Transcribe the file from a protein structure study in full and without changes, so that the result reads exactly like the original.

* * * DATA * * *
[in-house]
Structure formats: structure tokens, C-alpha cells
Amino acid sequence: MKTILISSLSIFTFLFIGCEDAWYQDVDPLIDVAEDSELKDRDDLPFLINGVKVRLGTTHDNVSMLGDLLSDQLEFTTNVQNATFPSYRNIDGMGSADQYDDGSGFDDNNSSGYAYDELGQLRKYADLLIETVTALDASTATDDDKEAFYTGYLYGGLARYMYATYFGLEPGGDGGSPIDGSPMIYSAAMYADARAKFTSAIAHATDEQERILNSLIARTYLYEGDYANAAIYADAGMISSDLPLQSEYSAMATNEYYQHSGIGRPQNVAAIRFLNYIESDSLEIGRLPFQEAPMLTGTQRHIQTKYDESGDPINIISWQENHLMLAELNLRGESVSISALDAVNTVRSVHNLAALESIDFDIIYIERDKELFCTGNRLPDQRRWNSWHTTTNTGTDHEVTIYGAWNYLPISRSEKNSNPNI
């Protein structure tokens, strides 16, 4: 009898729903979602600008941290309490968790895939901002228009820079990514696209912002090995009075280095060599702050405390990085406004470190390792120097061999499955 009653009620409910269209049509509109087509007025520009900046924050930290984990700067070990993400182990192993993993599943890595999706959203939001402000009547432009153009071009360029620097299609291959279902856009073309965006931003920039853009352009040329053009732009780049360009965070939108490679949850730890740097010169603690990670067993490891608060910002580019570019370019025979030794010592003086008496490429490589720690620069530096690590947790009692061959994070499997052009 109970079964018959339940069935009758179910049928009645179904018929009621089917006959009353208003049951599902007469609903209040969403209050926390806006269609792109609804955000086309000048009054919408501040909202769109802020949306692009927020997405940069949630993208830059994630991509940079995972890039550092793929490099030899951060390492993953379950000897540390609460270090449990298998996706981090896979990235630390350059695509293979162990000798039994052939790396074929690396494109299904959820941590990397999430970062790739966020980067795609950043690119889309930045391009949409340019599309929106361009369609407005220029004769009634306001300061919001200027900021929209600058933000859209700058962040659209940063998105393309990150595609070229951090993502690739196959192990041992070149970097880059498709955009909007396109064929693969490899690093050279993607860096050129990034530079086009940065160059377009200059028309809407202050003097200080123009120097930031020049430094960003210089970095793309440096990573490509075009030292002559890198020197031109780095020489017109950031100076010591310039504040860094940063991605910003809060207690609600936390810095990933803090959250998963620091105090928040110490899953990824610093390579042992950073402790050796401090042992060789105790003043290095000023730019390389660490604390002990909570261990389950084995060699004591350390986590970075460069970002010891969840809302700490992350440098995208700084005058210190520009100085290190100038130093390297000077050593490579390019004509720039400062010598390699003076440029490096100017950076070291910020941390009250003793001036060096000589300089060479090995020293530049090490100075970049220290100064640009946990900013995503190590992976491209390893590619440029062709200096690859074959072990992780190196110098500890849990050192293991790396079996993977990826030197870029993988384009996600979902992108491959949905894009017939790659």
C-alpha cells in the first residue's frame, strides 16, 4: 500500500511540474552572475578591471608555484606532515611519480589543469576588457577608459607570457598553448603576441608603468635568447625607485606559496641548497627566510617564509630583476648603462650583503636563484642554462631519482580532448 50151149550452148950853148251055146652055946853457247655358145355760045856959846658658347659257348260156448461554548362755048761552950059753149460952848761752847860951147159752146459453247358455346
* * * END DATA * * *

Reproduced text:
[in-house]
Structure formats: structure tokens, C-alpha cells
Amino acid sequence: MKTILISSLSIFTFLFIGCEDAWYQDVDPLIDVAEDSELKDRDDLPFLINGVKVRLGTTHDNVSMLGDLLSDQLEFTTNVQNATFPSYRNIDGMGSADQYDDGSGFDDNNSSGYAYDELGQLRKYADLLIETVTALDASTATDDDKEAFYTGYLYGGLARYMYATYFGLEPGGDGGSPIDGSPMIYSAAMYADARAKFTSAIAHATDEQERILNSLIARTYLYEGDYANAAIYADAGMISSDLPLQSEYSAMATNEYYQHSGIGRPQNVAAIRFLNYIESDSLEIGRLPFQEAPMLTGTQRHIQTKYDESGDPINIISWQENHLMLAELNLRGESVSISALDAVNTVRSVHNLAALESIDFDIIYIERDKELFCTGNRLPDQRRWNSWHTTTNTGTDHEVTIYGAWNYLPISRSEKNSNPNI
């Protein structure tokens, strides 16, 4: 009898729903979602600008941290309490968790895939901002228009820079990514696209912002090995009075280095060599702050405390990085406004470190390792120097061999499955 009653009620409910269209049509509109087509007025520009900046924050930290984990700067070990993400182990192993993993599943890595999706959203939001402000009547432009153009071009360029620097299609291959279902856009073309965006931003920039853009352009040329053009732009780049360009965070939108490679949850730890740097010169603690990670067993490891608060910002580019570019370019025979030794010592003086008496490429490589720690620069530096690590947790009692061959994070499997052009 109970079964018959339940069935009758179910049928009645179904018929009621089917006959009353208003049951599902007469609903209040969403209050926390806006269609792109609804955000086309000048009054919408501040909202769109802020949306692009927020997405940069949630993208830059994630991509940079995972890039550092793929490099030899951060390492993953379950000897540390609460270090449990298998996706981090896979990235630390350059695509293979162990000798039994052939790396074929690396494109299904959820941590990397999430970062790739966020980067795609950043690119889309930045391009949409340019599309929106361009369609407005220029004769009634306001300061919001200027900021929209600058933000859209700058962040659209940063998105393309990150595609070229951090993502690739196959192990041992070149970097880059498709955009909007396109064929693969490899690093050279993607860096050129990034530079086009940065160059377009200059028309809407202050003097200080123009120097930031020049430094960003210089970095793309440096990573490509075009030292002559890198020197031109780095020489017109950031100076010591310039504040860094940063991605910003809060207690609600936390810095990933803090959250998963620091105090928040110490899953990824610093390579042992950073402790050796401090042992060789105790003043290095000023730019390389660490604390002990909570261990389950084995060699004591350390986590970075460069970002010891969840809302700490992350440098995208700084005058210190520009100085290190100038130093390297000077050593490579390019004509720039400062010598390699003076440029490096100017950076070291910020941390009250003793001036060096000589300089060479090995020293530049090490100075970049220290100064640009946990900013995503190590992976491209390893590619440029062709200096690859074959072990992780190196110098500890849990050192293991790396079996993977990826030197870029993988384009996600979902992108491959949905894009017939790659």
C-alpha cells in the first residue's frame, strides 16, 4: 500500500511540474552572475578591471608555484606532515611519480589543469576588457577608459607570457598553448603576441608603468635568447625607485606559496641548497627566510617564509630583476648603462650583503636563484642554462631519482580532448 50151149550452148950853148251055146652055946853457247655358145355760045856959846658658347659257348260156448461554548362755048761552950059753149460952848761752847860951147159752146459453247358455346